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  1. #1

    A simple starter workout

    For those of us just getting started or started back on physical training, consider this workout.

    Stretch first- maybe some of our medical gurus can post with a good stretching regimen. I know what works for me but it's hard to describe each stretch and they may not be the best.

    10 pushups, go slow and make sure your breathing through each one
    20 situps, have someone hold your legs or wedge them under a couch, bed, etc.

    Stand with your feet flat and back straight. Slowly, with breathing squat down keeping your back straight and your feet on the ground. Start with 5 of these.

    Remember to breath through each exercise, deep breathes in and out.

    Walk 1 mile briskly.

    This ought to be a good starter workout, do this for a week or so and then start adding to it.

    It's a good way to get started. Good luck!

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  2. #2
    Super Moderator Patriotic Sheepdog's Avatar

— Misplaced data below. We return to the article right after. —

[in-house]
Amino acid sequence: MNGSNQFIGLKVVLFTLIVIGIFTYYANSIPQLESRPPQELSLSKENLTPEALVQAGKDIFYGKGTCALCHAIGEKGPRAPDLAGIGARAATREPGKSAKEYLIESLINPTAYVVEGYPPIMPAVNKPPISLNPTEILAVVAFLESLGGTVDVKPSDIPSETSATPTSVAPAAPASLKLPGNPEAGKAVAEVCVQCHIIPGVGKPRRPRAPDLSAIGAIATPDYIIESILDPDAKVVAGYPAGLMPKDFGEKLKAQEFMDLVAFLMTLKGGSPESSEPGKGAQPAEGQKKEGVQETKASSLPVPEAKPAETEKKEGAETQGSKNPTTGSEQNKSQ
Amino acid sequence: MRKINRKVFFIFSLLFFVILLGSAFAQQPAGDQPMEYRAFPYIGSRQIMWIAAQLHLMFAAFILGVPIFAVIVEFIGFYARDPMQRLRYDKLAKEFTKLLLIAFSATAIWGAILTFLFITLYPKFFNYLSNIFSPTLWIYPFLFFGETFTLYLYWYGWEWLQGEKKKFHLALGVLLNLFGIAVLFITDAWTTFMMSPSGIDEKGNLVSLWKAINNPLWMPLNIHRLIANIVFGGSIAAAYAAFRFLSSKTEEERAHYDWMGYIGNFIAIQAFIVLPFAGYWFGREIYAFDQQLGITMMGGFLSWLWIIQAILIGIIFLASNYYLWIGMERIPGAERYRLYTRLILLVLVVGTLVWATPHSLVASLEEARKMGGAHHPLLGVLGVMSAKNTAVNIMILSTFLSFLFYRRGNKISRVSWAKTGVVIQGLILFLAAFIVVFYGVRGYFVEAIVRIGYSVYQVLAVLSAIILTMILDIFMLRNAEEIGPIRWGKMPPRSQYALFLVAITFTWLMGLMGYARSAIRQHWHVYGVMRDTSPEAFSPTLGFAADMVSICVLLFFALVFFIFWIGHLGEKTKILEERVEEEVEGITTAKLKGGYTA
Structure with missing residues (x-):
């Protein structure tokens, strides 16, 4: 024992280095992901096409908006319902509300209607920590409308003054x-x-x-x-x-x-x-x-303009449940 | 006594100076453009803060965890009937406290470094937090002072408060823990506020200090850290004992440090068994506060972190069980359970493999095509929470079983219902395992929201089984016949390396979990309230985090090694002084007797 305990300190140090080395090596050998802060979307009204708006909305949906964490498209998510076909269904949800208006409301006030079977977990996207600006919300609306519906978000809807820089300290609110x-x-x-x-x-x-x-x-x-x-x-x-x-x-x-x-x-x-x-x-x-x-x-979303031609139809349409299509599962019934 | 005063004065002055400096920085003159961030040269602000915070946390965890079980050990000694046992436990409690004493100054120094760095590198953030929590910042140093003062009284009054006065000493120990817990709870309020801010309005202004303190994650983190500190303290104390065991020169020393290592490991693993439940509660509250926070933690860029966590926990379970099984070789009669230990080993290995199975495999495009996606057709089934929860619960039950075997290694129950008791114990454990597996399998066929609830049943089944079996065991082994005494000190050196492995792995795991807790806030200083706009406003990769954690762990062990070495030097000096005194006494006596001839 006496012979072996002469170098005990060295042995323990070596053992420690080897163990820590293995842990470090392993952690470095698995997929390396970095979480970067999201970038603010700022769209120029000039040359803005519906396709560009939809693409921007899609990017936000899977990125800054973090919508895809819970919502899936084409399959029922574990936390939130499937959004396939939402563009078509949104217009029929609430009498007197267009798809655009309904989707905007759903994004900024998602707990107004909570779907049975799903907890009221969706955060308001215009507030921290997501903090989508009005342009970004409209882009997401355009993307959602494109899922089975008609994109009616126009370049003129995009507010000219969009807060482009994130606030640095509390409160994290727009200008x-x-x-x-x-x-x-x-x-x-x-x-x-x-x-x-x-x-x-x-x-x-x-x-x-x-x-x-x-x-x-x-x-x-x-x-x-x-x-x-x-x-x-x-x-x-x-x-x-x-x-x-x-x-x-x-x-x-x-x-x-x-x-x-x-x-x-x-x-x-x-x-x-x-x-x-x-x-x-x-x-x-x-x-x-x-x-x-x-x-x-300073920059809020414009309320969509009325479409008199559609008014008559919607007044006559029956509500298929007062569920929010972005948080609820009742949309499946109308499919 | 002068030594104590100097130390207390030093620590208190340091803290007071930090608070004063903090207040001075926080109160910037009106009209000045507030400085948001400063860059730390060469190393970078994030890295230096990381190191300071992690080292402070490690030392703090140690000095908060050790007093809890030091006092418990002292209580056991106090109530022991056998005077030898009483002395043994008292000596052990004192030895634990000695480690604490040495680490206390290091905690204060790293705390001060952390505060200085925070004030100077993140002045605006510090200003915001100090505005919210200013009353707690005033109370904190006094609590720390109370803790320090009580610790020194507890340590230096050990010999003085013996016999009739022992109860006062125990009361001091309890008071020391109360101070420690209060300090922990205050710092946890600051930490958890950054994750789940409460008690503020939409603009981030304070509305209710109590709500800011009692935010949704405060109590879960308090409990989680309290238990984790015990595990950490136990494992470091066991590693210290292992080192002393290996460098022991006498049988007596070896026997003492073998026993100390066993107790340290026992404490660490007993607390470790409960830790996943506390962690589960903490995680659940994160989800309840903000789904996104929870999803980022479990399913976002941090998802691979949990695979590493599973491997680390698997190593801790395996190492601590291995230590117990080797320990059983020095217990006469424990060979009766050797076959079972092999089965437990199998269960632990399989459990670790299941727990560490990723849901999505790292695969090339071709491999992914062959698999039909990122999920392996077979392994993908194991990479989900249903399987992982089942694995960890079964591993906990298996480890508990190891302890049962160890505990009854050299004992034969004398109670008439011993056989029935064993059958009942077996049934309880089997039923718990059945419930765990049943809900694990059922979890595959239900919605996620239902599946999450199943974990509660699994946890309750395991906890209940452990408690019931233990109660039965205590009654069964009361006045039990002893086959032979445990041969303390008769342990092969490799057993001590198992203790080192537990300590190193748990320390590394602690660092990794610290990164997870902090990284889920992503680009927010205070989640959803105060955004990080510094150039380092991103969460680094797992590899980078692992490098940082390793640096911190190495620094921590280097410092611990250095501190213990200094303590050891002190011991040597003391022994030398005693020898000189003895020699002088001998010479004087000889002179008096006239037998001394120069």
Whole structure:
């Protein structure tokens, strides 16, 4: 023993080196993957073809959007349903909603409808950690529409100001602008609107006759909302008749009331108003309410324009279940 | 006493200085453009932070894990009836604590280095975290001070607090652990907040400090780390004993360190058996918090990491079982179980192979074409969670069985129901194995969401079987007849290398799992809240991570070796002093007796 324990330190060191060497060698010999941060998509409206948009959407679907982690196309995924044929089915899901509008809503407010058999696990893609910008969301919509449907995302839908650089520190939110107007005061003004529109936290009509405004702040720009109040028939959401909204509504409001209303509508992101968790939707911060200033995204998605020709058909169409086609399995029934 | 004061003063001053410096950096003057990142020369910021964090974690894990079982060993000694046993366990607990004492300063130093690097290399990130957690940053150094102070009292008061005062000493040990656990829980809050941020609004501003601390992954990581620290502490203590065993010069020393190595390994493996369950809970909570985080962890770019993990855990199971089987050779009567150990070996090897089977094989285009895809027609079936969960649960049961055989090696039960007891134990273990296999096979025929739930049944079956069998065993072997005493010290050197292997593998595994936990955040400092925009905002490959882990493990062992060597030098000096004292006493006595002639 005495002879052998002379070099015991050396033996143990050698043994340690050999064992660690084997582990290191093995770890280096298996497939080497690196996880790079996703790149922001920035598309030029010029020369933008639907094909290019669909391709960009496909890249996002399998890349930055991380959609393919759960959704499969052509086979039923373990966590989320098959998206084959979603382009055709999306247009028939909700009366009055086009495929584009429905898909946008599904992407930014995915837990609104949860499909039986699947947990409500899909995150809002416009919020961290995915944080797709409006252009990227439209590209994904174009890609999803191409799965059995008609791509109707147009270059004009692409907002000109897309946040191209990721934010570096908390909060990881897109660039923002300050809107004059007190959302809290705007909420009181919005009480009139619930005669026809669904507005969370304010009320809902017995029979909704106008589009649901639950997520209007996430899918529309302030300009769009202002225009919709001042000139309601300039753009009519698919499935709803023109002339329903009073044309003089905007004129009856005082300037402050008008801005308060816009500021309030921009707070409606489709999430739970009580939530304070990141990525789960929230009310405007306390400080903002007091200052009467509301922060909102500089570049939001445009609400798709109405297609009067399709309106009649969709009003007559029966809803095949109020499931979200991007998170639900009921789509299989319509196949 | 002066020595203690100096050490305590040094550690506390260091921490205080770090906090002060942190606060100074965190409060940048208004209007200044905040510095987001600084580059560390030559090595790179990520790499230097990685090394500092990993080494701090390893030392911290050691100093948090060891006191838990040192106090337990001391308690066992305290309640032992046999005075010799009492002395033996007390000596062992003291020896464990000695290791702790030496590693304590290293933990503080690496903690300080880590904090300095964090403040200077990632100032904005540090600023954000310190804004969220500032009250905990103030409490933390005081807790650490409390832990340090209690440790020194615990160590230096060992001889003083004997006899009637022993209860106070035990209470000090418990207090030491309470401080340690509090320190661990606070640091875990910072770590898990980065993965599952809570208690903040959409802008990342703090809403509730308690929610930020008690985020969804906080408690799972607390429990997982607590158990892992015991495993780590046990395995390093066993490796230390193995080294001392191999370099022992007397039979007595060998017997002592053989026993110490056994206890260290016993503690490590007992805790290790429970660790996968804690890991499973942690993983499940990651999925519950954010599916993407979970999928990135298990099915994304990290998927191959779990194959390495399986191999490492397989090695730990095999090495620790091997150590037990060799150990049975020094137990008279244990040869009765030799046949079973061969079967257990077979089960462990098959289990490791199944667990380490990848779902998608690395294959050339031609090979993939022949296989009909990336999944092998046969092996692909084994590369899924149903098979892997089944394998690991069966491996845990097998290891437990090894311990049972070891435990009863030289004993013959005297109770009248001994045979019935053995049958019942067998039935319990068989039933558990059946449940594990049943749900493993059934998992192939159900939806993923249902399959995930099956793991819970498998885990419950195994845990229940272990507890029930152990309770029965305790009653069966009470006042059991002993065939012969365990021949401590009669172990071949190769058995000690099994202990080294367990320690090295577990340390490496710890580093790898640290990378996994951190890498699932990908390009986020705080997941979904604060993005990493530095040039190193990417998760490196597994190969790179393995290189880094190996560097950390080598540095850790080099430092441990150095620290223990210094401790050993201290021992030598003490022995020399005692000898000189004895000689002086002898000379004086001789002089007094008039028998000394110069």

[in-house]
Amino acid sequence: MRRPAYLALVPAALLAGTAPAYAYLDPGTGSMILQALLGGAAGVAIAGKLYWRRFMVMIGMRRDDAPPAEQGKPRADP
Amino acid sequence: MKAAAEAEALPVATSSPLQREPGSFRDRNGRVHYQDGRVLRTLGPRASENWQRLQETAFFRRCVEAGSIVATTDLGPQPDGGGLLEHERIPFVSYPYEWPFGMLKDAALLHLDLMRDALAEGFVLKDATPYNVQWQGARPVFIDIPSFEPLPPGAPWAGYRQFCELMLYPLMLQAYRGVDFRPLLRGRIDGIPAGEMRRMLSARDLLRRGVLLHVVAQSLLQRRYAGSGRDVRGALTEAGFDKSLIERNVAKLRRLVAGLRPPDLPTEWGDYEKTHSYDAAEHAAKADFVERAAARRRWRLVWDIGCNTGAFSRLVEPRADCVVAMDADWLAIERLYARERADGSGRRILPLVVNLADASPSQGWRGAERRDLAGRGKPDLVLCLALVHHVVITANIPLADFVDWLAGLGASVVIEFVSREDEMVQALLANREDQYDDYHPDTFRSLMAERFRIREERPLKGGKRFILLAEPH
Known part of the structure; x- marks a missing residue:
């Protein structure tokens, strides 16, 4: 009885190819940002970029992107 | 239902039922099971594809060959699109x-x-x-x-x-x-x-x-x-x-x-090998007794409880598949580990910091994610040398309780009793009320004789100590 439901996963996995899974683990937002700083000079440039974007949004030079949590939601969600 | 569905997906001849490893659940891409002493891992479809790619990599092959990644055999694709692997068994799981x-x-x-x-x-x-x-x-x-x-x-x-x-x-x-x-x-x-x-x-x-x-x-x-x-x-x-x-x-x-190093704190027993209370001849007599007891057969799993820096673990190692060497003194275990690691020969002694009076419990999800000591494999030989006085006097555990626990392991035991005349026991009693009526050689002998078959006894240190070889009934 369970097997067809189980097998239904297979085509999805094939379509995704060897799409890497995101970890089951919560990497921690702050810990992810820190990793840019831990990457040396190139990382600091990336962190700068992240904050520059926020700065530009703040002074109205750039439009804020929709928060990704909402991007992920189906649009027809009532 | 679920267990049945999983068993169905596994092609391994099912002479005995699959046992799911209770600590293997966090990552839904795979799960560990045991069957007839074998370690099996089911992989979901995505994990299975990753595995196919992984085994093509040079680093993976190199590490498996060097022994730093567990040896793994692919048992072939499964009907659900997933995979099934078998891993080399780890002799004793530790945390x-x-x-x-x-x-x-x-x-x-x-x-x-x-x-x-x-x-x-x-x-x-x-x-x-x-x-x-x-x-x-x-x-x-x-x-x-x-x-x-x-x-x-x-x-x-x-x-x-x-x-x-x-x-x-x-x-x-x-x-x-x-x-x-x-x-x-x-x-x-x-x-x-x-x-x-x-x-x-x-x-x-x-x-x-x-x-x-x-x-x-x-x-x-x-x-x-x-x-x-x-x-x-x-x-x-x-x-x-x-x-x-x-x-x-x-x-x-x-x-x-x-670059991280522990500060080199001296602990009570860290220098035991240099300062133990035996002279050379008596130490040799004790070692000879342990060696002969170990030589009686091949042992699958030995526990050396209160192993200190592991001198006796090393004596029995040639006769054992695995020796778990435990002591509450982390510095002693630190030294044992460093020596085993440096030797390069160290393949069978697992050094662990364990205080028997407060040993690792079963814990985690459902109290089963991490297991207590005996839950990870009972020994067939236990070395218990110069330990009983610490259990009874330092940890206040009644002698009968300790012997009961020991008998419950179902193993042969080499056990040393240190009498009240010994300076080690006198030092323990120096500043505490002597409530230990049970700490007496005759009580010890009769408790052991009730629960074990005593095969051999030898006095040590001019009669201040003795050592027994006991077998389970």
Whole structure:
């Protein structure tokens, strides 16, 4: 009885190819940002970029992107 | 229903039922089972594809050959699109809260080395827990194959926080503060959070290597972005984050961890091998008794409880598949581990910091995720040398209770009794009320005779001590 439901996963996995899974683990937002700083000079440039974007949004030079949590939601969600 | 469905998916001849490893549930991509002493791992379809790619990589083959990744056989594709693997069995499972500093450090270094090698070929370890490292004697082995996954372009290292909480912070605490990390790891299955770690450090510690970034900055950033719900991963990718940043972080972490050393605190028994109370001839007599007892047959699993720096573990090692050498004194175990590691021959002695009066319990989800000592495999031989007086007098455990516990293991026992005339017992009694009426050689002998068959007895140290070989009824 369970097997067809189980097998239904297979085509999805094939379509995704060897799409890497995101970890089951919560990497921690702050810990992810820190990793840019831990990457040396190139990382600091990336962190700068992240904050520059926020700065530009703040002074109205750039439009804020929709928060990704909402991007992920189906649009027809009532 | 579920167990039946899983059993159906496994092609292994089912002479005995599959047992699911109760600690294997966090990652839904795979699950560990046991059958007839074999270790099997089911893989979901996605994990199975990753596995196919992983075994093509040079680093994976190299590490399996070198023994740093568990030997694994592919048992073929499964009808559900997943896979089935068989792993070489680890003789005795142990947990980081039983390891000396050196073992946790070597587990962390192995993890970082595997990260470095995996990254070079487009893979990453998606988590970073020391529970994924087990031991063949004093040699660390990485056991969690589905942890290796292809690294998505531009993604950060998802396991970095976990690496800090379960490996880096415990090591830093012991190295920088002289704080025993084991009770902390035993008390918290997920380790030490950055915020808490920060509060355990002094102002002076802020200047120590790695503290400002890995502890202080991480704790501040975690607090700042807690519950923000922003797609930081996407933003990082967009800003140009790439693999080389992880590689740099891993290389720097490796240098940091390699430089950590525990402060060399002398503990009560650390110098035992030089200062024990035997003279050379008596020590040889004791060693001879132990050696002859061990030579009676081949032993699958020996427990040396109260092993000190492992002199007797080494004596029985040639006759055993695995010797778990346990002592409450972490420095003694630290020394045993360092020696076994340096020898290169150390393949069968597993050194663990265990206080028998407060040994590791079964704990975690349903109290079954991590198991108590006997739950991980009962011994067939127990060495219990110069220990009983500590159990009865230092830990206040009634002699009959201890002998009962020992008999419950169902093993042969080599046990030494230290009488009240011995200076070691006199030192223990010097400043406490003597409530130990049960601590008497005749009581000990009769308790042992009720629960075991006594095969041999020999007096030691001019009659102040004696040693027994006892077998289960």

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    It's hard to describe the stretches that should be done before and after a workout but I found some good pics online. All major muscle groups and some minor ones should be stretched for flexibility and to help reduce injury during your workout. It is best if you could hold each stretch for about 10-30 seconds depending on muscle group. It may be uncomfortable but shouldn't cause pain.

    Here is a website that shows some good stretches and discriptions.
    Upper Body: http://tomsfitnessguide.com/upper-bo...exercises.html

    Lower Body: http://tomsfitnessguide.com/lower-bo...exercises.html

    Hope this helps...
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  3. #3